One of the most interesting aspects of the book concerns how the services early on attempted to regulate soldiers' relationships so that they provided the proper mix of emotional, sexual, and practical support without jeopardizing the men's martial capabilities. Army regulations of the mid to late 1930s discouraged marriage among most enlisted personnel by mandating that regimental commanders give their approval, and by providing for punishments for failure to gain that approval prior to a marriage. World War II began to chip away at some of the Army's hesitation, first when GIs began to father children and marry British women, and later when others wed Germans during the occupation. In the Pacific, it took a special presidential decree to temporarily lift a ban on Asian immigration before marriages to Japanese women were permitted. The requirement to obtain a commander's approval for marriage, however, remained in place until the 1980s, and as early as 1965, chaplains in Vietnam viewed marriages to "oriental war brides" as a "foremost problem" (44).

Policies in Vietnam illustrate the military's ineptitude in recognizing and addressing a problem of its own design. Draftees at first were nearly all single young men, yet these teenaged GIs were unjustly criticized for forming romantic relationships with Asian women. A secondary effect of an initial reluctance to draft married men led to a number of potential draftees marrying quickly to avoid being called up. President Johnson changed that policy in August 1965, with only married men with children remaining deferred. By 1970 even married fathers became subject to the draft. One can easily imagine that the large number of early marriages among young couples that took place before mature, stable relationships could take root led to a dramatic rise in the divorce rate. Undoubtedly some of those marriages crumbled under the stress of separation once married men were called to serve.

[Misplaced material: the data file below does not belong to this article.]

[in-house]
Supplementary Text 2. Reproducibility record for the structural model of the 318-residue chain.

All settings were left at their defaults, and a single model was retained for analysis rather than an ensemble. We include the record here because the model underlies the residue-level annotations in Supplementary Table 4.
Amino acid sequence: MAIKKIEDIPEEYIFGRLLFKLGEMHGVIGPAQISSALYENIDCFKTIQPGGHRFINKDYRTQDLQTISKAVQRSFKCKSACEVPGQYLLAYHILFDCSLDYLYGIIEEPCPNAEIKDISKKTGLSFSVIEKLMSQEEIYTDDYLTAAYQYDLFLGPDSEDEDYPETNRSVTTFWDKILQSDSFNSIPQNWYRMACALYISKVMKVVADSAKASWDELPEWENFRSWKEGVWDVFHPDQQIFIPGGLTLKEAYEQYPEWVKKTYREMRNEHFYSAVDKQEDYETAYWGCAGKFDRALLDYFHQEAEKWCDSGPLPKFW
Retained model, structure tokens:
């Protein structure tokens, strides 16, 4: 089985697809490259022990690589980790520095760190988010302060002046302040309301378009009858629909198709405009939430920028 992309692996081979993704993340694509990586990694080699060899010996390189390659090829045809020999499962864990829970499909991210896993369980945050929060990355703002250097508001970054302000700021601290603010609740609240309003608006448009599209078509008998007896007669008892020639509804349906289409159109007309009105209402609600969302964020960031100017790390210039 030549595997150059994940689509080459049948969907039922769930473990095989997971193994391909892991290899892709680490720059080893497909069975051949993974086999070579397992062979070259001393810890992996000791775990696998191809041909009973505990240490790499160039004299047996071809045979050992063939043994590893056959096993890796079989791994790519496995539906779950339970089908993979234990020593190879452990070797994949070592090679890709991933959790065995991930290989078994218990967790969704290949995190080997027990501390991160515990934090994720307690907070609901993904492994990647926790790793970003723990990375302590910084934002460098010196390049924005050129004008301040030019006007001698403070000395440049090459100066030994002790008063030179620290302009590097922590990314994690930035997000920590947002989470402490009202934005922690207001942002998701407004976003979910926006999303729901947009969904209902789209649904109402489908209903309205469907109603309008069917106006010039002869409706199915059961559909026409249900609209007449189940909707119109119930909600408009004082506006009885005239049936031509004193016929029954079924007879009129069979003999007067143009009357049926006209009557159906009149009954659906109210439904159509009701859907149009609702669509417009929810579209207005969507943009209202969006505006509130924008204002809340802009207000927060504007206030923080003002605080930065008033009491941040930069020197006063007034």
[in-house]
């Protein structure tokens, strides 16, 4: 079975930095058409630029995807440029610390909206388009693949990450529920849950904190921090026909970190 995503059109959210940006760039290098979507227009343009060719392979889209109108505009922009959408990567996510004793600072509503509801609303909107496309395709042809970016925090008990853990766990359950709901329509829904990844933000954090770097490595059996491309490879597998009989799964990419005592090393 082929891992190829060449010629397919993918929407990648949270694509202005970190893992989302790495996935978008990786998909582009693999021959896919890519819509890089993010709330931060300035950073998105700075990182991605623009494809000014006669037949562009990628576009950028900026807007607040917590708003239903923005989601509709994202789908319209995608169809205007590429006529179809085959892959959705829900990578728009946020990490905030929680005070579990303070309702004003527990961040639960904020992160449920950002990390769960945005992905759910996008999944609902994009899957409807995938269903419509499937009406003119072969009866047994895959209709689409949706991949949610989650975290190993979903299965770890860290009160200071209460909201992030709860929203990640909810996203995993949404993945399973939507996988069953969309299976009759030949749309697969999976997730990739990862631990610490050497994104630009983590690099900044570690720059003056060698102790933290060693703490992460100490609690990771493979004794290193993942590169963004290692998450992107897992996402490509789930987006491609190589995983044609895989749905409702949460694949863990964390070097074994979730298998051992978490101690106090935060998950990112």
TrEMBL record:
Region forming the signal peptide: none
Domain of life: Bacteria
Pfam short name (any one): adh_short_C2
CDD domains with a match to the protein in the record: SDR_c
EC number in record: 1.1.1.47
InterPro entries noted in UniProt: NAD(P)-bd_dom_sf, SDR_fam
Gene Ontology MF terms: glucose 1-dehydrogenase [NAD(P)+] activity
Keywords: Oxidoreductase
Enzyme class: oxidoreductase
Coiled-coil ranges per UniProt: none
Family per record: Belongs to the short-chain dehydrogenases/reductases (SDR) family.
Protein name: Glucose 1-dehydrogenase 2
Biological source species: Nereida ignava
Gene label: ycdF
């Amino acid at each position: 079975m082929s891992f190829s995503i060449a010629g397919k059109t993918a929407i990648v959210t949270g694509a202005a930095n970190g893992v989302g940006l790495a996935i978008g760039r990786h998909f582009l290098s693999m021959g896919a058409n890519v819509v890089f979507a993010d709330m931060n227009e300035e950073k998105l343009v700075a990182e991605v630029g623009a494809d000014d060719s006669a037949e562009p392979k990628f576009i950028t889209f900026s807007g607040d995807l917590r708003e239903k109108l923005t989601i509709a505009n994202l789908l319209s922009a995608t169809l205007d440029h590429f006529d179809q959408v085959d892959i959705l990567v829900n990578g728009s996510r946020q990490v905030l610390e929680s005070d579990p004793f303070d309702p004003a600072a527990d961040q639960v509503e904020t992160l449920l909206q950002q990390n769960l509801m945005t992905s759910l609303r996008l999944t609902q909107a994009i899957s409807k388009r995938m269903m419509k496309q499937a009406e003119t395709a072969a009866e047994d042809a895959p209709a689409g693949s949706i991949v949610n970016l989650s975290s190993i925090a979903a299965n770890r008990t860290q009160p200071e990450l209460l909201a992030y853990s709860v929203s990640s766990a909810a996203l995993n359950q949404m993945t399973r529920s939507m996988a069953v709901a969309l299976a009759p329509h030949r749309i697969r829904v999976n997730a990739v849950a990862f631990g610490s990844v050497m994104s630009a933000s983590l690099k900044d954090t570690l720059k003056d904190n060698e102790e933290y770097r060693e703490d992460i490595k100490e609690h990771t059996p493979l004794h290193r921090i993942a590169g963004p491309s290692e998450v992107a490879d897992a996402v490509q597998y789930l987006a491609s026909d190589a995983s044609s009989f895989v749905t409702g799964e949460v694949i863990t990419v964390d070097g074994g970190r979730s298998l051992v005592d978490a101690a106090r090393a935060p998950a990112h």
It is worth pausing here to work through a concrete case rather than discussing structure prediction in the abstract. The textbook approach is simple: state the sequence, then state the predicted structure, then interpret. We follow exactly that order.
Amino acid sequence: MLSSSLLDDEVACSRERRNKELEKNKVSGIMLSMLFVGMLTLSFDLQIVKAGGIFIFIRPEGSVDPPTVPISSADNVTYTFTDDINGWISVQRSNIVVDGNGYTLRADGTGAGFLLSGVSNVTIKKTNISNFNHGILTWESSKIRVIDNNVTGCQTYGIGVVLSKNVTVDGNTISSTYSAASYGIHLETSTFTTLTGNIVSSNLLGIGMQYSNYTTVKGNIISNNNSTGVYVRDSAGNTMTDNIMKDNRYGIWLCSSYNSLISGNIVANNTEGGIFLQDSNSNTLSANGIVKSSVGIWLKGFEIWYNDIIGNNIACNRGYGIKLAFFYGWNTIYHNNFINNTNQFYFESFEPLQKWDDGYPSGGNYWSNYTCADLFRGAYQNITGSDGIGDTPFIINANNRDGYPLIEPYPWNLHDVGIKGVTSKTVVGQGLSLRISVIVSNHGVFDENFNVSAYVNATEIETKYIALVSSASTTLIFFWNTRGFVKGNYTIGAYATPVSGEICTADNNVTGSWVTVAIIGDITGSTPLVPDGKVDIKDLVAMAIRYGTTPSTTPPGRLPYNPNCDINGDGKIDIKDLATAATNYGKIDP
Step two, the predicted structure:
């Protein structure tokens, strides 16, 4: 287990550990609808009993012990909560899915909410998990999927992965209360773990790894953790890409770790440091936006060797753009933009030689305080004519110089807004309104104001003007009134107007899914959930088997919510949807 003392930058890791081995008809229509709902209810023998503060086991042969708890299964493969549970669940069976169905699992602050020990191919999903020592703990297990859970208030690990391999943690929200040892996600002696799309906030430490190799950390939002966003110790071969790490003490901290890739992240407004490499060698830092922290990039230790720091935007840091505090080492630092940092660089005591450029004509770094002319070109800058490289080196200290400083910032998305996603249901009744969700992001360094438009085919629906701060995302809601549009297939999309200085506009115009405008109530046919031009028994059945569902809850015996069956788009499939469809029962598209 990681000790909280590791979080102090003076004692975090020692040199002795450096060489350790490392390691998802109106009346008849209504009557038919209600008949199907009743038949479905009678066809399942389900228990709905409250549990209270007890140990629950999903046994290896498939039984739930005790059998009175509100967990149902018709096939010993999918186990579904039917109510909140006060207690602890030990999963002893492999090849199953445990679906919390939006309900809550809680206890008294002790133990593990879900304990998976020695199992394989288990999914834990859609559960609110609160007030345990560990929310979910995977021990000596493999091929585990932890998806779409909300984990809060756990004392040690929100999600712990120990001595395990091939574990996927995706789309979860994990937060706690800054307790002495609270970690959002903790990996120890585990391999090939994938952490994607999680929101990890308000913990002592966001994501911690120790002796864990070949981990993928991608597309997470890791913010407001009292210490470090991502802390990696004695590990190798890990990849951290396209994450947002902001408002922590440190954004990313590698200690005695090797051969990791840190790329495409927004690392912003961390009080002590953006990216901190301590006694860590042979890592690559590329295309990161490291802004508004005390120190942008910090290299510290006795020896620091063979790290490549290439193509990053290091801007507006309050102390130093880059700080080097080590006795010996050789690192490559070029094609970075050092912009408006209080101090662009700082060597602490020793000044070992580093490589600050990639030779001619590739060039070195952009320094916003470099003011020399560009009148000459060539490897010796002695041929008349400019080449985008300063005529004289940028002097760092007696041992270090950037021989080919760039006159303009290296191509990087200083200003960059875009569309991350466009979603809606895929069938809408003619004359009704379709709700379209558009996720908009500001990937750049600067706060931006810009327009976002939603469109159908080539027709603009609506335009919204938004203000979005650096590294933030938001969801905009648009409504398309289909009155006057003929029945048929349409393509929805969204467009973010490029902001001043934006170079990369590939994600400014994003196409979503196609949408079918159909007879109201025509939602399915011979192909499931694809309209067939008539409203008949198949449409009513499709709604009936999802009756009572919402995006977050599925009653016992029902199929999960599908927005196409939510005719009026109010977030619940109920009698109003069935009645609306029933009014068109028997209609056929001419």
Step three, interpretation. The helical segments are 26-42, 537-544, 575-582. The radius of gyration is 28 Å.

The 1980s saw a marked change in the Pentagon's attitudes towards marriage among its personnel. Only the Marines bucked the new shift to a more family-friendly environment. Moreover, the policy of discharging pregnant female service members had ended by 1975, opening the door to a wider acceptance of the concept of a military "family." The changes resulted in many challenges to the services. Marriages continued to fail at alarming rates (even more so among female personnel), and programs designed to strengthen the stability of military families were targeted mostly at the largest population—the wives of male service members. As Carruthers notes, the military services are still struggling with their angst and ambivalence about marriages, choosing to focus first on "wives as the disorderly force to be managed" (53). Like the proverbial Sword of Damocles, wives remain recognized both as a source of support as well as a prime source of a soldier's potential failure.